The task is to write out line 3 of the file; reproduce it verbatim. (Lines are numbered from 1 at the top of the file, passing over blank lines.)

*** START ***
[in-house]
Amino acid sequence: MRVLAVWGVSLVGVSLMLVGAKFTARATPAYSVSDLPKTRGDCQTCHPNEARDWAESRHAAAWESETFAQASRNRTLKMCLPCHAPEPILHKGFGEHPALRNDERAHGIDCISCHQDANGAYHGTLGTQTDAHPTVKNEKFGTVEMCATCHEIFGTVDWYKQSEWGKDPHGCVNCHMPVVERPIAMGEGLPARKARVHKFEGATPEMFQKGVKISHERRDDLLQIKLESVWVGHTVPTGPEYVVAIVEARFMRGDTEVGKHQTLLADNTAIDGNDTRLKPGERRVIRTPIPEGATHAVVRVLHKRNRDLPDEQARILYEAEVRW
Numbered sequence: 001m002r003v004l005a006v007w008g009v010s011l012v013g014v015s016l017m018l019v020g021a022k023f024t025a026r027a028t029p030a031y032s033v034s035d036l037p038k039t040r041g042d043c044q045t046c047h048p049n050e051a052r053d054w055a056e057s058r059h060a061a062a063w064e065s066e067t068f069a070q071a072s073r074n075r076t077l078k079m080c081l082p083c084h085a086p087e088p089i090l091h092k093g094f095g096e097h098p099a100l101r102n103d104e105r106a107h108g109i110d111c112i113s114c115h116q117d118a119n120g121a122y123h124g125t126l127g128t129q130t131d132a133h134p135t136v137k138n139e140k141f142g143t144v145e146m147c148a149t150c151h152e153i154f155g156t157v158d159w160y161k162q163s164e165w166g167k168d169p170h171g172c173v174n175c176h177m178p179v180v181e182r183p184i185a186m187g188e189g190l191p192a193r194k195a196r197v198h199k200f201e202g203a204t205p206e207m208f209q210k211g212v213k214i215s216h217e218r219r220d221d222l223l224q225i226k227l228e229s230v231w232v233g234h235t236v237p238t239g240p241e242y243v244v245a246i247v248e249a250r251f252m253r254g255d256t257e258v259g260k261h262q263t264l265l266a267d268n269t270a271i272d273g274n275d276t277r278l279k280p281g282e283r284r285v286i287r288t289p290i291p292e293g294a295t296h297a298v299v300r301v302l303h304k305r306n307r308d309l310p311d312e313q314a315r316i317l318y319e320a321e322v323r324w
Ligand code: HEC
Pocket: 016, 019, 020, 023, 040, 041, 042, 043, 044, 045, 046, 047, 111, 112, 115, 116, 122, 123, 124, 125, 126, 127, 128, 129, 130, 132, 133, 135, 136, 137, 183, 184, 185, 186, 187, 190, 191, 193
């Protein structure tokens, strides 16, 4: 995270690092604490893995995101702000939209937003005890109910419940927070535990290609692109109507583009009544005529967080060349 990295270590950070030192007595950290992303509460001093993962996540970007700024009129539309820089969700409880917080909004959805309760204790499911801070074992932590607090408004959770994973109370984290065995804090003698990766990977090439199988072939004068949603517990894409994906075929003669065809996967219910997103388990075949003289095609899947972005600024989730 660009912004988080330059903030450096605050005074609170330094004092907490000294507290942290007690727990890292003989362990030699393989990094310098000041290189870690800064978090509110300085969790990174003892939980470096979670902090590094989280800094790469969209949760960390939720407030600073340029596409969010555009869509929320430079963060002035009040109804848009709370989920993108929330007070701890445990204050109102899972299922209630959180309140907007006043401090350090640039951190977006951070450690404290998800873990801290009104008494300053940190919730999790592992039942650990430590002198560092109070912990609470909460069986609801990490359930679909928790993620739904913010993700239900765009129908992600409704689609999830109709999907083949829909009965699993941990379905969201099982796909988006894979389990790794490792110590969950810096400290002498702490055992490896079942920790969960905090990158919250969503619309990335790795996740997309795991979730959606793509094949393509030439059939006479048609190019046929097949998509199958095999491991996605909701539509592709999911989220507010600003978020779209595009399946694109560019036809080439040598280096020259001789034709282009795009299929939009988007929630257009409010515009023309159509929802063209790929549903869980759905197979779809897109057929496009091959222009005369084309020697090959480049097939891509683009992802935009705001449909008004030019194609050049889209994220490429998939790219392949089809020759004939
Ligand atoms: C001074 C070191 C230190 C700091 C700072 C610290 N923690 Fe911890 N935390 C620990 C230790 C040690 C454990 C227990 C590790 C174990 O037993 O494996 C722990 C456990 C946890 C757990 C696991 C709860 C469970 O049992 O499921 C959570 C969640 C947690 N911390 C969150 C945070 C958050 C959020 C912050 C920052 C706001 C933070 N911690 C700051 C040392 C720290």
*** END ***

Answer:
Numbered sequence: 001m002r003v004l005a006v007w008g009v010s011l012v013g014v015s016l017m018l019v020g021a022k023f024t025a026r027a028t029p030a031y032s033v034s035d036l037p038k039t040r041g042d043c044q045t046c047h048p049n050e051a052r053d054w055a056e057s058r059h060a061a062a063w064e065s066e067t068f069a070q071a072s073r074n075r076t077l078k079m080c081l082p083c084h085a086p087e088p089i090l091h092k093g094f095g096e097h098p099a100l101r102n103d104e105r106a107h108g109i110d111c112i113s114c115h116q117d118a119n120g121a122y123h124g125t126l127g128t129q130t131d132a133h134p135t136v137k138n139e140k141f142g143t144v145e146m147c148a149t150c151h152e153i154f155g156t157v158d159w160y161k162q163s164e165w166g167k168d169p170h171g172c173v174n175c176h177m178p179v180v181e182r183p184i185a186m187g188e189g190l191p192a193r194k195a196r197v198h199k200f201e202g203a204t205p206e207m208f209q210k211g212v213k214i215s216h217e218r219r220d221d222l223l224q225i226k227l228e229s230v231w232v233g234h235t236v237p238t239g240p241e242y243v244v245a246i247v248e249a250r251f252m253r254g255d256t257e258v259g260k261h262q263t264l265l266a267d268n269t270a271i272d273g274n275d276t277r278l279k280p281g282e283r284r285v286i287r288t289p290i291p292e293g294a295t296h297a298v299v300r301v302l303h304k305r306n307r308d309l310p311d312e313q314a315r316i317l318y319e320a321e322v323r324w